I had the distinct pleasure this past week (as I write this) of assisting Bob Cromwell with teaching Learning Tree Course 468, System and Network Security Introduction in New York. [When classes are large, Learning Tree adds an additional instructor to courses in order to help participants with questions, hands-on exercise issues and so forth. This is especially valuable when there is a large number of participants taking the class online with Learning Tree AnyWare.] I always enjoy watching Bob teach as he has great stories and insight into security issues.
One story he shared with the class last week – and which relates to a recent news item – dealt with the accessibility of live internet cameras. With a simple search or two one can find live cameras on the web and view them; some even allow remote control of the camera by unauthenticated users. (No, I’m not going to share the links to any of those cameras; you’ll have to find them on your own…) Maybe some of those cameras are out there as a type of transparency: “watch us build you widget carefully and safely”. Maybe they’re there so folks can watch widget construction and learn how it’s done. I suspect, however, that many of those cameras are not intended for public viewing – that they were connected to the net so some employee or employees could watch the widget building, parking lot, office or whatever. By not publicizing the name or address, someone probably thought, “nobody will find this”. Someone clearly did. Might there be liability issues arising from some of these public cams?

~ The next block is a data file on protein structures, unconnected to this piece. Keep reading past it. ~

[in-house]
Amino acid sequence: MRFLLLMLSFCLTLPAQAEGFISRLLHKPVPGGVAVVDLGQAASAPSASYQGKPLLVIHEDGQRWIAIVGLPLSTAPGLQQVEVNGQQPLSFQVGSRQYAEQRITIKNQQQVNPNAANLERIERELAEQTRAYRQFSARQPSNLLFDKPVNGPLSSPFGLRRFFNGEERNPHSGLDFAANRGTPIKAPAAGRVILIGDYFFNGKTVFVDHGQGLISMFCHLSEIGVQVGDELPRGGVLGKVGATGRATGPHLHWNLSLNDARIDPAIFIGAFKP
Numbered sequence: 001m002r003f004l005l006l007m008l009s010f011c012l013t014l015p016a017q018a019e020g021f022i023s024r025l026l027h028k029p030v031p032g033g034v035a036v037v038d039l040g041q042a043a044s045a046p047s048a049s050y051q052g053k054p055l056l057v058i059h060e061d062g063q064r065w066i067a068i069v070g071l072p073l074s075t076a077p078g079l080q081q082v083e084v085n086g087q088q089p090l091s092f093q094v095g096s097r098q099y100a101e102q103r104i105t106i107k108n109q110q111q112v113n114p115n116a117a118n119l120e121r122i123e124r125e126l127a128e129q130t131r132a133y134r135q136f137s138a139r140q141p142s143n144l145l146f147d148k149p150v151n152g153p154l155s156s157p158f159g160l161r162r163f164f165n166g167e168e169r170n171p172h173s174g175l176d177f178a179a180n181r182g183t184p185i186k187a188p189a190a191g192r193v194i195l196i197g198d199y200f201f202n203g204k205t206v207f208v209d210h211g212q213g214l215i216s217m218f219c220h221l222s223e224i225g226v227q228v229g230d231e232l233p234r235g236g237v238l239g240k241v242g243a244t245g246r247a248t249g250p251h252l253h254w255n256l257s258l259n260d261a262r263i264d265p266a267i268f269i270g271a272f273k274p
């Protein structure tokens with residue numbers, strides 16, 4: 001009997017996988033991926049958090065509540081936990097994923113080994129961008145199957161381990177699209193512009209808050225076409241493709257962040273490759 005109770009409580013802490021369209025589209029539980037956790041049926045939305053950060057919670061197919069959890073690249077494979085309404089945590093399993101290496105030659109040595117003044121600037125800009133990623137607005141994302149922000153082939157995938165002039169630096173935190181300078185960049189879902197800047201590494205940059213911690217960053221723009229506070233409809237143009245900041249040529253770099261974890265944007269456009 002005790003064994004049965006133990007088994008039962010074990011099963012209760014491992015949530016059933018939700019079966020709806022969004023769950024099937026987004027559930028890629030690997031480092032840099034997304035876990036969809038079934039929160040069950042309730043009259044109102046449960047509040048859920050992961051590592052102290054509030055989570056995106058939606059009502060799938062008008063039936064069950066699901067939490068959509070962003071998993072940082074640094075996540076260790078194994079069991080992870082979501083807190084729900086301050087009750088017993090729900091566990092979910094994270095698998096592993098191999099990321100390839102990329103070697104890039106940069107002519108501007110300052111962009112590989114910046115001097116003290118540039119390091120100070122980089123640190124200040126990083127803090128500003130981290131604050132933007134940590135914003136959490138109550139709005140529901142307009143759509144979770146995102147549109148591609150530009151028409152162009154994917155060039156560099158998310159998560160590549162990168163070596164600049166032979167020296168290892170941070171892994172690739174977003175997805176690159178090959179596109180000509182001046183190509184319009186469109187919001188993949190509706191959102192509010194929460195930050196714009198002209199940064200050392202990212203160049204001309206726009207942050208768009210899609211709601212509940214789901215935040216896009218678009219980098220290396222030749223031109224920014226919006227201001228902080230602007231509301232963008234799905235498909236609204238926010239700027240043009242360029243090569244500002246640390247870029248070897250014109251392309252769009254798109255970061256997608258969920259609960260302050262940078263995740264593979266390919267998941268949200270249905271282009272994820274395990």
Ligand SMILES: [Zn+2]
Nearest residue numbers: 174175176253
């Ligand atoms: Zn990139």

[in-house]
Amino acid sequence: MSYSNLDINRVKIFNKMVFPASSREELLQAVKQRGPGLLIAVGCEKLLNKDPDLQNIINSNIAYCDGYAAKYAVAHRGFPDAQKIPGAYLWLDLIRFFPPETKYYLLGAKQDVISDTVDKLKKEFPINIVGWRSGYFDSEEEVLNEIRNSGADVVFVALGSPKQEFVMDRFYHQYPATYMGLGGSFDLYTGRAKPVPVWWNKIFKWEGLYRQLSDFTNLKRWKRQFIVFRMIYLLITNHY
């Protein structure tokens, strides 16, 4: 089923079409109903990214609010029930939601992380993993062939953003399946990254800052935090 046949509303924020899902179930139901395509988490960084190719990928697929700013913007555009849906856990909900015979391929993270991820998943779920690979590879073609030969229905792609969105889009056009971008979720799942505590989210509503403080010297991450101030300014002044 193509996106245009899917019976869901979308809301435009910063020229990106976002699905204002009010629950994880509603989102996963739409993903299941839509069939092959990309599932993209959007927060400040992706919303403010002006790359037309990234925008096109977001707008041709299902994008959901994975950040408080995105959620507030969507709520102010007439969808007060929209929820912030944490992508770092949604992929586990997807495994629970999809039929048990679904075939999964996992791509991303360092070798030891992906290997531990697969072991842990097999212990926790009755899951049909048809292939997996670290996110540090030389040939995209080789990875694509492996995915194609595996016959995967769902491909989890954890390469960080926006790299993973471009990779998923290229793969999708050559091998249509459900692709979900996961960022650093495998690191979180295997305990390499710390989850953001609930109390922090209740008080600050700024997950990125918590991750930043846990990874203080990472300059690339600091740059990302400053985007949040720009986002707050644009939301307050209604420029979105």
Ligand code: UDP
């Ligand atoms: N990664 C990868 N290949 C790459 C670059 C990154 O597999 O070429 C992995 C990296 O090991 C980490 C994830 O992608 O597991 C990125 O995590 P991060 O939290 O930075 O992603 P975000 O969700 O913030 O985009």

That no authentication is required is an interesting issue. Some (many?, most?) web cams don’t seem to require a password by default. Cameras marketed to consumers seldom seem to. An article on cnn.com relates the story of TRENDnet whose “secure” cameras appear to have been not so secure. The story reports that feeds from 700 of them were posted publicly online in January 2012. According to the article, some were used to monitor children and had feeds of sleeping babies and the like. I didn’t see any of the feeds, but I’ll trust CNN and The New York Times.
The TRENDnet situation has opened up a large debate about privacy. Should the cameras be required to be secure or should consumers be responsible to secure their cameras if they think that’s important? Where Who should bear the responsibility for maintaining one’s privacy? What do you think? Let us know in the comments below. You might also end up discussing this in a System and Network Security Introduction class taught by Bob, me or another of our great instructors.